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Our Health Library information does not replace the advice of a doctor. Please be advised that this information is made available to assist our patients to learn more about their health. Our providers may not see and/or treat all topics found herein.

Dental Checkups for Children and Adults

Overview

Infants and preschool children

Experts recommend that your child's visits to a dentist start when the first primary teeth appear or by 12 months of age. Babies with dental problems caused by injury, disease, or a developmental problem should be seen by a children's (pediatric) dentist right away. If these dental problems aren't limited to the surfaces of the teeth, the baby should also be seen by a children's doctor (pediatrician) or the family doctor.

By the time your child is 6 months of age, your doctor should assess the likelihood of your child having future dental problems. This may include a dental exam of the mother and her dental history. (The condition of the mom's teeth can often predict her child's teeth.) After your first visit, schedule regular visits every 6 months or as your dentist recommends.

Adults, teens, and school-age children

Your dentist will recommend how often to have routine checkups. Many people should see their dentists once or twice a year. Your dentist will check your teeth and gums for signs of tooth decay, gingivitis, and other health problems.

  • Your dental hygienist will begin to clean your teeth by scraping hard mineral buildup (tartar) off of your teeth with a small metal tool. Then the hygienist will floss your teeth and use a polishing compound. Cleanings usually aren't painful.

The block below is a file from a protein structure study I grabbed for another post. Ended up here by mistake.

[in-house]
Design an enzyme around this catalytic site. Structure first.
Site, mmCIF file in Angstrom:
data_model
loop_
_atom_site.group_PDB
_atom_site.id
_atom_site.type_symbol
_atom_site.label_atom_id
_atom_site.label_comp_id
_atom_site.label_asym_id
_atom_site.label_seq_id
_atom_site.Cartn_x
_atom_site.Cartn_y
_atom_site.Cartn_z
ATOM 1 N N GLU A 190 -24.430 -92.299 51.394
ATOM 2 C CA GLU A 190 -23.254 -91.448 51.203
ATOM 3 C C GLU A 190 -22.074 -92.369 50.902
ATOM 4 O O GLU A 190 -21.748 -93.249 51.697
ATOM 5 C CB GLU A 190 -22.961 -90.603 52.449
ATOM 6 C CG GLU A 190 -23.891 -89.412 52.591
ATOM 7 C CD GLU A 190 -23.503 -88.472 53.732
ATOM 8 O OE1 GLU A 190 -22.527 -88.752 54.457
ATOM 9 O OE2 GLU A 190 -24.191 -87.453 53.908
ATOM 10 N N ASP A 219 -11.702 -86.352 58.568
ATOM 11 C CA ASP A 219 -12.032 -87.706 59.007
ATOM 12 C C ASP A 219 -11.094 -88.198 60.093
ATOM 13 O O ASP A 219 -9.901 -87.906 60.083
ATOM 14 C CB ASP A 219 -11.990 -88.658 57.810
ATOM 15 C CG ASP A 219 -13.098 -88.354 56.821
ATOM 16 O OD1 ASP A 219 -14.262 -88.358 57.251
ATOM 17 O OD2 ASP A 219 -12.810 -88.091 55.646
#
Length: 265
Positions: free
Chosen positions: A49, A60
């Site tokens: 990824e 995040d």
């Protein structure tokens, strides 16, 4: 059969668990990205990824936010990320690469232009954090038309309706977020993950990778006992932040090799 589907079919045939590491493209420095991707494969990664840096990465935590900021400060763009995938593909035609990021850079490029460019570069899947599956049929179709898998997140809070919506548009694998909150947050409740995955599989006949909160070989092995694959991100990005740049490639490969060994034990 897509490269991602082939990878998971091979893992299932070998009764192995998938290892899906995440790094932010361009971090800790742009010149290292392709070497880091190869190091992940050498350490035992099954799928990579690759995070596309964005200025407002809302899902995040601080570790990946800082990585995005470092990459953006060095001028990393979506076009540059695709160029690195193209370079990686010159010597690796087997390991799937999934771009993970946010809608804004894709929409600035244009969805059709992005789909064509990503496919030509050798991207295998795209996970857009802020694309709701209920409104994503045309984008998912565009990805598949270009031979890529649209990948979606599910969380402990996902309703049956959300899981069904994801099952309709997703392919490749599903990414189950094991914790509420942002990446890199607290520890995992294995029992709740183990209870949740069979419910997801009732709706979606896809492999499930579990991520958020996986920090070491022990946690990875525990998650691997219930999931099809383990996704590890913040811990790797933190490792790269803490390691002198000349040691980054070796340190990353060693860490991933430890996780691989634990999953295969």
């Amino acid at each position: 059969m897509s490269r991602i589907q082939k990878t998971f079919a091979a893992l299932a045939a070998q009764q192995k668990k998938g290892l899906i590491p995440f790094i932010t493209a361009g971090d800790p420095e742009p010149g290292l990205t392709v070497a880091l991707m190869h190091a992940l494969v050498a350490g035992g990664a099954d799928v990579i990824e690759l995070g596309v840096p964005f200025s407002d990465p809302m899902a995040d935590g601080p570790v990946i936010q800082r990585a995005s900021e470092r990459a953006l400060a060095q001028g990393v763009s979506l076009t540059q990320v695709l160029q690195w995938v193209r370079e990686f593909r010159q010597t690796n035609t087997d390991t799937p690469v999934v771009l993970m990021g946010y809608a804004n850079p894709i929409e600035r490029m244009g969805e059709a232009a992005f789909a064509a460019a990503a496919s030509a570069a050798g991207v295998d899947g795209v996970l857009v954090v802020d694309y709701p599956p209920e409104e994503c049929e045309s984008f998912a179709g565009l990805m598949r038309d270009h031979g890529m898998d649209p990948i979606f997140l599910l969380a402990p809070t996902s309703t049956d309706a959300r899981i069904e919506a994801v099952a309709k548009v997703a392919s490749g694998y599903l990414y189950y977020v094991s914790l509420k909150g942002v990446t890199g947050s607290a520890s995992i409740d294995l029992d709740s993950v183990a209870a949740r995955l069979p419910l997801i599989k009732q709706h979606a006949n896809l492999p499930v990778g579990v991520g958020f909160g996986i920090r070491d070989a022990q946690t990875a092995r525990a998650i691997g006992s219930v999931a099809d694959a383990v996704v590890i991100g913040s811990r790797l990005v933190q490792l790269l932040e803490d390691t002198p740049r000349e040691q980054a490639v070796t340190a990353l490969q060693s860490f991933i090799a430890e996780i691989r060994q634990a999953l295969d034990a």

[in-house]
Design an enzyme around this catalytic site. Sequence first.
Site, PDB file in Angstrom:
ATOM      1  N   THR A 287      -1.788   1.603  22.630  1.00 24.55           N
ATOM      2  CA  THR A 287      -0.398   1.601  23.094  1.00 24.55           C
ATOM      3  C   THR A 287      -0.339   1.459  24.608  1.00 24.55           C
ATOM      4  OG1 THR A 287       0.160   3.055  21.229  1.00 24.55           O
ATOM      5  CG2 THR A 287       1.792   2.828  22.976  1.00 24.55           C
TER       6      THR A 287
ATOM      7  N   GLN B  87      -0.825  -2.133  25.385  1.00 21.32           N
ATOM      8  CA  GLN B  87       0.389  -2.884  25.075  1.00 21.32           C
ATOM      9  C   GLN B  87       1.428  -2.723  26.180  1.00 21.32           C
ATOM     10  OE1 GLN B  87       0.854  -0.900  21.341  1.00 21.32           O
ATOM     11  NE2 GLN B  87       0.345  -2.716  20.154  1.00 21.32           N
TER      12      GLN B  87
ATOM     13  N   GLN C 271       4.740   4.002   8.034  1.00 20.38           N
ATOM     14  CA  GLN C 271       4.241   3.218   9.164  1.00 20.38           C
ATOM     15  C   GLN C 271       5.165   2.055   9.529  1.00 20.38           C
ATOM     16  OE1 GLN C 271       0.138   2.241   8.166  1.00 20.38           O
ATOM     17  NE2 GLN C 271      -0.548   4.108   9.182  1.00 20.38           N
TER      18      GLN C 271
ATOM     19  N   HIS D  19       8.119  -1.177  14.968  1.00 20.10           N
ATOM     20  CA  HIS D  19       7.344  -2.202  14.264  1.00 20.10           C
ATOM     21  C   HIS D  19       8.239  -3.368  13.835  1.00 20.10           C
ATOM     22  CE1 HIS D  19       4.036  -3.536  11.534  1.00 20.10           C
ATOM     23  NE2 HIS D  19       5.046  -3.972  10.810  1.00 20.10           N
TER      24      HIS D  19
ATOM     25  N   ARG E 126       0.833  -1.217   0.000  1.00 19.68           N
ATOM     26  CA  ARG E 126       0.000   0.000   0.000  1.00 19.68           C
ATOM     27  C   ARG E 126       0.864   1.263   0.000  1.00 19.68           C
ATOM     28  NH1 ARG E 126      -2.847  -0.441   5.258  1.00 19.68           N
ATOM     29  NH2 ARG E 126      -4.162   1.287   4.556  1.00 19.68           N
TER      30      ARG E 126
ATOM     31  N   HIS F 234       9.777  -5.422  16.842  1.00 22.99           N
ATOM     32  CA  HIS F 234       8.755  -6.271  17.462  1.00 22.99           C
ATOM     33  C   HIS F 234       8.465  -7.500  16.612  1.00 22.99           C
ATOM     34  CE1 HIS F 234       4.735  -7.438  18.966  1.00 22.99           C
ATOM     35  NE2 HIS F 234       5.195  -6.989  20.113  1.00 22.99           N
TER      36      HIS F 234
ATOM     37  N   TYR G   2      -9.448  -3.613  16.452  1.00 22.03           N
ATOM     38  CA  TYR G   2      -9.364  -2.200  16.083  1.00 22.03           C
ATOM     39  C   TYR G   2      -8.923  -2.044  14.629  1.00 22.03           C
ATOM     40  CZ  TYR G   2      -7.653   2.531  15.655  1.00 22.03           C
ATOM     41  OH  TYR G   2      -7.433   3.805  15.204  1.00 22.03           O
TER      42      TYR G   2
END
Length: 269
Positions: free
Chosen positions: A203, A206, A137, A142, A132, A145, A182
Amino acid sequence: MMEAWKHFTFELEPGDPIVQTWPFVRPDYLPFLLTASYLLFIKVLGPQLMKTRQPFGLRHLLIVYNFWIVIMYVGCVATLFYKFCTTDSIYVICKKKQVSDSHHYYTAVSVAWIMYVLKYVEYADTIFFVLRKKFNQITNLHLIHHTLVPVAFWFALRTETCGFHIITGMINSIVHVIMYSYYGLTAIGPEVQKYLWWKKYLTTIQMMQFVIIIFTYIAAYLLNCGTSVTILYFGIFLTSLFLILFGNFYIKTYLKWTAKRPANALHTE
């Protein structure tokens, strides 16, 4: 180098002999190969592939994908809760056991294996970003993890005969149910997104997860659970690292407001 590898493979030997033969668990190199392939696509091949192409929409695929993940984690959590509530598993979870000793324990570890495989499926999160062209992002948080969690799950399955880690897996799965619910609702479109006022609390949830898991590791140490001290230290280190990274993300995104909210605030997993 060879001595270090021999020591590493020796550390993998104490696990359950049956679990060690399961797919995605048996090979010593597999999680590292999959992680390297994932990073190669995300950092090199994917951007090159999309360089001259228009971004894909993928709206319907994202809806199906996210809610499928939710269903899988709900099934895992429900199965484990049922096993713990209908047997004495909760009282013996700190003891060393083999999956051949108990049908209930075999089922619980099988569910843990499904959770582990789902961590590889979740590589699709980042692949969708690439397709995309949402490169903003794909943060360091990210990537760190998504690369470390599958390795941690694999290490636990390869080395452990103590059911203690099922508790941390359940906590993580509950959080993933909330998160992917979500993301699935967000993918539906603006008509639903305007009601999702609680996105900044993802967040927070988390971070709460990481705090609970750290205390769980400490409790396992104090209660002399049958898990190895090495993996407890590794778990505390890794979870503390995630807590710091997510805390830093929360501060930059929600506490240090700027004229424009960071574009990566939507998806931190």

• Occasionally your dentist will want to take X-rays. The X-rays take only a few minutes.
    • Your dentist or technician will have you put on a heavy apron to shield your body from X-rays. Everyone else in the room will either wear a protective apron or step behind a protective shield.
    • Your dentist or technician will have you bite down on a small piece of plastic. This will help align the teeth properly for the machine. Your dentist or technician will repeat this process several times to get pictures of all your teeth.
  • If needed, your dentist will put a sealant on the chewing surface of your back teeth to help prevent cavities. Sealants keep food and bacteria from getting stuck in the rough chewing surfaces or grooves of your teeth, and they protect your teeth from plaque.
  • Your dentist or hygienist may apply a fluoride solution directly to your teeth to help prevent tooth decay. Your dentist may recommend a series of fluoride applications.
  • Your dentist or hygienist may ask you about the foods you eat. What you eat and whether you get enough vitamins and minerals can affect your dental health.
  • If you have active tooth decay or gum disease, your dentist will talk to you about changing your brushing or flossing habits. In severe cases, he or she may recommend antibiotics, special mouthwashes, or other dental treatments. If your teeth and gums appear healthy, your dentist will recommend that you continue your usual brushing and flossing.

Credits

Current as of: March 9, 2022

Author: Healthwise Staff
Medical Review:
E. Gregory Thompson MD - Internal Medicine
Adam Husney MD - Family Medicine
Martin J. Gabica MD - Family Medicine
Arden Christen DDS, MSD, MA, FACD - Dentistry